Wednesday, May 31, 2006
We'd been to feed the tortoises earlier, taking them some overripe watermelon, which they love, tearing off great chunks of rind and all (these are BIG tortoises, asylum seeking endangered Cape Mountain Tortoises that we provide a safe house for). The children love watching them eat, squatting down in a semi circle around them, an admiring audience. Every now and again a child will leap up to go and check out the other tortoise and if she gets to close or her shadow falls on the torty a huge husssss, like a jet of steam from a steam iron, emerges startlingly from this reptilian face. The children ask why. Assuming parental omniscient role I reply, "you gave him a fright, with your shadow falling over the food, maybe he thought you were a predator...or you just made him jump."
Several hours later this inexact use of language is thrown back at me as she washes her hands. Disbelievingly, obstinately, you can't fool me - "Tortoises CAN'T jump"
3 or 4 cloves garlic
2 sprigs rosemary
450g/1lb tinned tomatoes, drained and chopped
2 teaspoons balsamic vinegar
1 tin of tuna drained
Tuesday, May 30, 2006
Take one Opel Astra Estate, suitable for a three child family.
Instal said family, 5 minutes too late in the morning due to protracted searches for missing shoes.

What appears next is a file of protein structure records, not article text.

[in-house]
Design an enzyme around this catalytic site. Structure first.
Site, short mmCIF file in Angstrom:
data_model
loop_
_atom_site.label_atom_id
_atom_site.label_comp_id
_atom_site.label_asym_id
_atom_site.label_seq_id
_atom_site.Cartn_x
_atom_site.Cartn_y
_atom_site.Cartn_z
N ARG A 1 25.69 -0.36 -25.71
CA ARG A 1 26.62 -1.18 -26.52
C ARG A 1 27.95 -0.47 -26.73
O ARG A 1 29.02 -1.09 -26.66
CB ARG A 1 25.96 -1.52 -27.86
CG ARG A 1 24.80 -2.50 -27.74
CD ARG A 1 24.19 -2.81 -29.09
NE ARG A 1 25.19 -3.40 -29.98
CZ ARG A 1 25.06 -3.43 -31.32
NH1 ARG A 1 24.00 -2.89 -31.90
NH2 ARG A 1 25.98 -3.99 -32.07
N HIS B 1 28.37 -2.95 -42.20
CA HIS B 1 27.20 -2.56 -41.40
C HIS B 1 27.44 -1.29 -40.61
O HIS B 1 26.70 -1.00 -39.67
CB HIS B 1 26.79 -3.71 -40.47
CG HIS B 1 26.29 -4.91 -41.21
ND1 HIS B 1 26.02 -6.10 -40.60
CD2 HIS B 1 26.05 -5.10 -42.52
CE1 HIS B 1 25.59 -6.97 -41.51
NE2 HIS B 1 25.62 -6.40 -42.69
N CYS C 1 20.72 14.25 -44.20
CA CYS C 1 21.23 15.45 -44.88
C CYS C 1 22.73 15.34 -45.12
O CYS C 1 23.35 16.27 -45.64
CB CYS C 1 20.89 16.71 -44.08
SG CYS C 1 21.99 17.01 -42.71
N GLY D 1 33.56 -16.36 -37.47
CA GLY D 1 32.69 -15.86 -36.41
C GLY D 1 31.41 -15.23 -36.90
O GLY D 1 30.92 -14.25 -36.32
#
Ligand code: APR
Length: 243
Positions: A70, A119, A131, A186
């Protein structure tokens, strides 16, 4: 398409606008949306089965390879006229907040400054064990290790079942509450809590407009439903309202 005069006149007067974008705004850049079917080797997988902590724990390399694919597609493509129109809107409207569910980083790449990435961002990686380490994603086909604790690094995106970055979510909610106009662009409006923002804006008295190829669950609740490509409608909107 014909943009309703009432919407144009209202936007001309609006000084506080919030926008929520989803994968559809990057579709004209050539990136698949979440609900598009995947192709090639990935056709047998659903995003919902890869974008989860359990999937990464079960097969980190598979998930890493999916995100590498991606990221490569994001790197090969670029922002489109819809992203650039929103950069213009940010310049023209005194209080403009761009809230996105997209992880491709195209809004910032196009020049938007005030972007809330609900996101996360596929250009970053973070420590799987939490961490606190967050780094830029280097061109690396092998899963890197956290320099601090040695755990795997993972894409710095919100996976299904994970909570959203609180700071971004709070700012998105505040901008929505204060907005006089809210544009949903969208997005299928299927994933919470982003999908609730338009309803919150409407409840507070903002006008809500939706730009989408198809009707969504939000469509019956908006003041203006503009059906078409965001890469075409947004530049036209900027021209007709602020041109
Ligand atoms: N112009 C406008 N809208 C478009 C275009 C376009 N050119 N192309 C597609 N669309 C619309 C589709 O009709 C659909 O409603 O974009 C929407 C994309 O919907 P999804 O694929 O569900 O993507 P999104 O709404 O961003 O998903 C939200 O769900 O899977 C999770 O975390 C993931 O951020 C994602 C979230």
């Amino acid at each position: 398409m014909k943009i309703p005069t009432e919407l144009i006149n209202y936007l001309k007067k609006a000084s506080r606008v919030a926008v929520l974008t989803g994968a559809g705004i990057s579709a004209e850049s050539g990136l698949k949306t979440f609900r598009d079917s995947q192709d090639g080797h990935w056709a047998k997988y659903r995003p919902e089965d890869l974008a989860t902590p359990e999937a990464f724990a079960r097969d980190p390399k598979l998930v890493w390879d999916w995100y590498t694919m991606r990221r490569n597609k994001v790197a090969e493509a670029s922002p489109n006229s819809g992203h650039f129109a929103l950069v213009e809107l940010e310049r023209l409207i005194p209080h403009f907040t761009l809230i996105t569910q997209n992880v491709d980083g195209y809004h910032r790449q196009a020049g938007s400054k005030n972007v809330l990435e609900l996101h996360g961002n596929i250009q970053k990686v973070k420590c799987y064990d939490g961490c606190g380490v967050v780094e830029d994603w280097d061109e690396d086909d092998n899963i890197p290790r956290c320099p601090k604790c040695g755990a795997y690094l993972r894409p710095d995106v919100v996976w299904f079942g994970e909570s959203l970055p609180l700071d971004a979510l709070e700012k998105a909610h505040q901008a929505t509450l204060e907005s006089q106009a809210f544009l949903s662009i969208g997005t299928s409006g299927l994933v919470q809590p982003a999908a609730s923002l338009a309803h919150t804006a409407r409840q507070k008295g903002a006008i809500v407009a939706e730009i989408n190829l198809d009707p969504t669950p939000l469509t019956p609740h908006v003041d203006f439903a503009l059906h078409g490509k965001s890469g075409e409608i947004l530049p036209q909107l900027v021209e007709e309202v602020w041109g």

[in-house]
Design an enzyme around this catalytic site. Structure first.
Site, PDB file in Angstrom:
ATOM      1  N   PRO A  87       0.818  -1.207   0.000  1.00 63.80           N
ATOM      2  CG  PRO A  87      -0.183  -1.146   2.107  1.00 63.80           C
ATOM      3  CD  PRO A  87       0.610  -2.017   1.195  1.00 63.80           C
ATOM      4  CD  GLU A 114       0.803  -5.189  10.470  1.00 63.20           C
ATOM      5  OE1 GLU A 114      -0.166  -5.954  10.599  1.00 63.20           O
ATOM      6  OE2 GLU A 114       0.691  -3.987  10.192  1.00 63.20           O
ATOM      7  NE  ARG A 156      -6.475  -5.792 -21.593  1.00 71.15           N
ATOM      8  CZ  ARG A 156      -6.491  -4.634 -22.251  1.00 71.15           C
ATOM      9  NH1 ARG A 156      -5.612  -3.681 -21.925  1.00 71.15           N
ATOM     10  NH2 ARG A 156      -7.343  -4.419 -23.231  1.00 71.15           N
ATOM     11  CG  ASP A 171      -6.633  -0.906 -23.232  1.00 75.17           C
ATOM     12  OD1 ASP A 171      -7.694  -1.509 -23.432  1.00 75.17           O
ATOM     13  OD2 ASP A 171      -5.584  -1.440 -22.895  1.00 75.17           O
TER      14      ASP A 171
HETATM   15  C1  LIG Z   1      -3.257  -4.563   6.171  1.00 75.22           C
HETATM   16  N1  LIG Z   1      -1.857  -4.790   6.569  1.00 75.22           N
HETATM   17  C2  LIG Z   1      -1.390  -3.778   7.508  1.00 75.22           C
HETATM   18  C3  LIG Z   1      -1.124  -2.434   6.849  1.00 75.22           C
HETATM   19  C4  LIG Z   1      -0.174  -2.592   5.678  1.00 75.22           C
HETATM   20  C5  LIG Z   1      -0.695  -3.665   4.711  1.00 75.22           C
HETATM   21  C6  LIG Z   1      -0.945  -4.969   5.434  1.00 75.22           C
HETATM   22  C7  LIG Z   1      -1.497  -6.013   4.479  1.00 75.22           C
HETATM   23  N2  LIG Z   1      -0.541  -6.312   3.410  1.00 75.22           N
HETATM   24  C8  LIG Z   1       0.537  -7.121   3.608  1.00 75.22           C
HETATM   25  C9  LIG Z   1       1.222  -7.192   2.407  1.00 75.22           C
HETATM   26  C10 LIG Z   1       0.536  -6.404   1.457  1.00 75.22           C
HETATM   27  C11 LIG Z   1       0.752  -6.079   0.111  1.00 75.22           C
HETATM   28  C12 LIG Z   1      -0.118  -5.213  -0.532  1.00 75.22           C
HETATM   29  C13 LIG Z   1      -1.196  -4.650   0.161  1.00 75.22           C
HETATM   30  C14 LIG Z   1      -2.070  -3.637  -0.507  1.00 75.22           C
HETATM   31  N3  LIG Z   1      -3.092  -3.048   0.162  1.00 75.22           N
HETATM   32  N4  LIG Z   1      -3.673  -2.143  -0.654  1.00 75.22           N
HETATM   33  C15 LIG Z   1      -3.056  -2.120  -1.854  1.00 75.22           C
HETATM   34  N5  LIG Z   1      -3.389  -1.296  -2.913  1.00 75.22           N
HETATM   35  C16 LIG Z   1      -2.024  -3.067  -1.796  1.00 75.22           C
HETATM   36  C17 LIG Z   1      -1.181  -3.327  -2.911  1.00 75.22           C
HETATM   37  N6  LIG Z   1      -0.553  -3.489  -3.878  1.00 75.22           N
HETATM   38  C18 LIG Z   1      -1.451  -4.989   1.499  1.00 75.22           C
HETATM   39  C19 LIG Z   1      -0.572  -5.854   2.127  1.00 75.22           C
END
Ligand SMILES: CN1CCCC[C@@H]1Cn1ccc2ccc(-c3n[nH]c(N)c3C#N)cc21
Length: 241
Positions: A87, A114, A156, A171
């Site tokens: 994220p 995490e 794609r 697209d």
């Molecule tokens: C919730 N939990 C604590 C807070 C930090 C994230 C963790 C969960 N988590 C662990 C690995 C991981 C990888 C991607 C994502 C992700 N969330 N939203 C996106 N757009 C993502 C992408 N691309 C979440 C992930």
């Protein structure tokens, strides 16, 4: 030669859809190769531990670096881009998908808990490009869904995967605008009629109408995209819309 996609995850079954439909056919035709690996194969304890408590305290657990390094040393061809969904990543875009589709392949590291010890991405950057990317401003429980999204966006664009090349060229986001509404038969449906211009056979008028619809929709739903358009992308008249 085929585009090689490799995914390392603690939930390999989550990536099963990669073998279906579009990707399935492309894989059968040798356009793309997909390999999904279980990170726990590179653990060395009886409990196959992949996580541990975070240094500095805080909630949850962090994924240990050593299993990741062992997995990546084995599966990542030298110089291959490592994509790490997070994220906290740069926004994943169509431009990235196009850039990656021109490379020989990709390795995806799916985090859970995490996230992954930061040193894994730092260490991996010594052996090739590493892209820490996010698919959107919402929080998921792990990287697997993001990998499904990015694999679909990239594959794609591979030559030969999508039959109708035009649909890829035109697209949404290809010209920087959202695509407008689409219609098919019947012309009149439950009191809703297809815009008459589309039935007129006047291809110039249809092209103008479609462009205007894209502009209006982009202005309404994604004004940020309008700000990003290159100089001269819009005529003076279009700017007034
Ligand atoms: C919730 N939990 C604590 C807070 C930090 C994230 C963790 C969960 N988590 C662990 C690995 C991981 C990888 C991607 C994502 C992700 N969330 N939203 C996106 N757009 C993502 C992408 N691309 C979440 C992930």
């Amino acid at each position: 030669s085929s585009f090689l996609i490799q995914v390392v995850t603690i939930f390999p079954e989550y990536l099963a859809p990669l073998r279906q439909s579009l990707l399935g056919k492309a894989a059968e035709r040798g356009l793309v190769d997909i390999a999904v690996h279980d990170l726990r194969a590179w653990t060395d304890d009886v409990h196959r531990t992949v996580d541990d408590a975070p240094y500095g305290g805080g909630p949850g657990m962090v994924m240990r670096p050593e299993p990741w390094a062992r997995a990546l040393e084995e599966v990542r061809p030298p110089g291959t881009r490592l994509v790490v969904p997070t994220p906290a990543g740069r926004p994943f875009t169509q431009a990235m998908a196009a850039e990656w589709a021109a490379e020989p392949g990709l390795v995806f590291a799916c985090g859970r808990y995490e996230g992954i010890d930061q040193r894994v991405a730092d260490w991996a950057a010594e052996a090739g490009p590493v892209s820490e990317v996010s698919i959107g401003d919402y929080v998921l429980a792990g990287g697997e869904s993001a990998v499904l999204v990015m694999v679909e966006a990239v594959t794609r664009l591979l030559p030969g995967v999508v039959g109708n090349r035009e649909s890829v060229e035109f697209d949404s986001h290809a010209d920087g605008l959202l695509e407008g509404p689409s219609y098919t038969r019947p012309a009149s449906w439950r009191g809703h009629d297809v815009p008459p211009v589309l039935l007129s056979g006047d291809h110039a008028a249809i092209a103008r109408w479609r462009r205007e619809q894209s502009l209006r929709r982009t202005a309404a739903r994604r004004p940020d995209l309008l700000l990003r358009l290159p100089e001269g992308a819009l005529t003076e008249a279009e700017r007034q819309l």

Add one employee’s child who walks 7km to get to us for a lift to school.
Stir the mix well and season with off-key songs and gentle squabbles.
After 5 minutes add another two children, (employees’s children from a friend’s farm), don’t worry about seat belts any more, there’s room in the back.
Decant three children at son’s school. Replace with one more child and proceed briskly to the kindergarten.
Scoop the remaining mixture into the prepared kindergarten and leave to bake gently for three and a half hours.
At the end of the morning repeat the procedure in reverse. Driving carefully of course to allow baked goods to settle.
For a spicy variation, every now and again, squeeze in another cup full of friends to come home for a play date.
Accompany with a crisp winter sunrise over the mountains.
Warning: please do not try to replicate this recipe in Europe – local Health and Safety regulations apply.
P.S. Wanted - one minibus or people carrier in good condition, low fuel consumption and cheap, alternatively a magic carpet would be much appreciated.
Sunday, May 28, 2006
It was great this evening, the sun broke through the clouds, as it was setting, giving a soft dampish light over the newly green hills and we all went for a walk around the farm. Dad, Mum, three kids, four dogs, sun catching the tops of the restios (wild indigenous grasses), children capering through them and throwing themselves into the sand...cue pastoral music, the song from my title or a margarine ad....It was truely idyllic - one of those times you go aaaaah and appreciate your life and the little angels instead of ranting about them!